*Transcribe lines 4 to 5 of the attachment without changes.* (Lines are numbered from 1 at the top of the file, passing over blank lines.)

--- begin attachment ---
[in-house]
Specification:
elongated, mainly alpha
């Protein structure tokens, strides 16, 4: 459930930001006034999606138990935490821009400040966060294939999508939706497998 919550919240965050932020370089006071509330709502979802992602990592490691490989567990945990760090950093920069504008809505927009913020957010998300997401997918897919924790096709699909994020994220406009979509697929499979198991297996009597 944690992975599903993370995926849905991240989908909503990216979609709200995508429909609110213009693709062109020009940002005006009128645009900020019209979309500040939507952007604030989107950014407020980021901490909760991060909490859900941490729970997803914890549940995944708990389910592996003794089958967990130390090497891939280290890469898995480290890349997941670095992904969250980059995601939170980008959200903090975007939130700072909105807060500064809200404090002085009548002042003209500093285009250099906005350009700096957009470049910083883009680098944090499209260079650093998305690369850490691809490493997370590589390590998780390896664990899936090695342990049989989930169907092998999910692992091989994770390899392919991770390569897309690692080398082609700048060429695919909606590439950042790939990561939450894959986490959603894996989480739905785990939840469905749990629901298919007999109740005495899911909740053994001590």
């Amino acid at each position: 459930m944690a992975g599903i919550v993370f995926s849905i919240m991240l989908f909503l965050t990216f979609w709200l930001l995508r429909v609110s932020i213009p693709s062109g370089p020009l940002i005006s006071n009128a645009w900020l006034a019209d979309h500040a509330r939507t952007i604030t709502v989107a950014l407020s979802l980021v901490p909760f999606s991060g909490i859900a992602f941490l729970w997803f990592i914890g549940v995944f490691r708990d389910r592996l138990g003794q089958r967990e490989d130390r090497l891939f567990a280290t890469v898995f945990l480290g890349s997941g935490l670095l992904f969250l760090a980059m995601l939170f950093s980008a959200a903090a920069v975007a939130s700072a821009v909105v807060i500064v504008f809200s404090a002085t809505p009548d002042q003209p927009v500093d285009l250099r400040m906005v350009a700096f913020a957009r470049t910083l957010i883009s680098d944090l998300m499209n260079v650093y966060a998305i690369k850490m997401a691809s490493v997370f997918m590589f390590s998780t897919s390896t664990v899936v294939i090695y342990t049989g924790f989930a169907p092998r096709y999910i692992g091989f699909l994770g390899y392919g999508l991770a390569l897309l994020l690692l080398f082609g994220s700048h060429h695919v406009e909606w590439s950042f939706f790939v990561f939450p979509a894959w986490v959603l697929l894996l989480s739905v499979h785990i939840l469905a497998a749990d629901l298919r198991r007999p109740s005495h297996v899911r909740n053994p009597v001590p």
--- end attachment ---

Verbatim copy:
């Protein structure tokens, strides 16, 4: 459930930001006034999606138990935490821009400040966060294939999508939706497998 919550919240965050932020370089006071509330709502979802992602990592490691490989567990945990760090950093920069504008809505927009913020957010998300997401997918897919924790096709699909994020994220406009979509697929499979198991297996009597 944690992975599903993370995926849905991240989908909503990216979609709200995508429909609110213009693709062109020009940002005006009128645009900020019209979309500040939507952007604030989107950014407020980021901490909760991060909490859900941490729970997803914890549940995944708990389910592996003794089958967990130390090497891939280290890469898995480290890349997941670095992904969250980059995601939170980008959200903090975007939130700072909105807060500064809200404090002085009548002042003209500093285009250099906005350009700096957009470049910083883009680098944090499209260079650093998305690369850490691809490493997370590589390590998780390896664990899936090695342990049989989930169907092998999910692992091989994770390899392919991770390569897309690692080398082609700048060429695919909606590439950042790939990561939450894959986490959603894996989480739905785990939840469905749990629901298919007999109740005495899911909740053994001590």
């Amino acid at each position: 459930m944690a992975g599903i919550v993370f995926s849905i919240m991240l989908f909503l965050t990216f979609w709200l930001l995508r429909v609110s932020i213009p693709s062109g370089p020009l940002i005006s006071n009128a645009w900020l006034a019209d979309h500040a509330r939507t952007i604030t709502v989107a950014l407020s979802l980021v901490p909760f999606s991060g909490i859900a992602f941490l729970w997803f990592i914890g549940v995944f490691r708990d389910r592996l138990g003794q089958r967990e490989d130390r090497l891939f567990a280290t890469v898995f945990l480290g890349s997941g935490l670095l992904f969250l760090a980059m995601l939170f950093s980008a959200a903090a920069v975007a939130s700072a821009v909105v807060i500064v504008f809200s404090a002085t809505p009548d002042q003209p927009v500093d285009l250099r400040m906005v350009a700096f913020a957009r470049t910083l957010i883009s680098d944090l998300m499209n260079v650093y966060a998305i690369k850490m997401a691809s490493v997370f997918m590589f390590s998780t897919s390896t664990v899936v294939i090695y342990t049989g924790f989930a169907p092998r096709y999910i692992g091989f699909l994770g390899y392919g999508l991770a390569l897309l994020l690692l080398f082609g994220s700048h060429h695919v406009e909606w590439s950042f939706f790939v990561f939450p979509a894959w986490v959603l697929l894996l989480s739905v499979h785990i939840l469905a497998a749990d629901l298919r198991r007999p109740s005495h297996v899911r909740n053994p009597v001590p």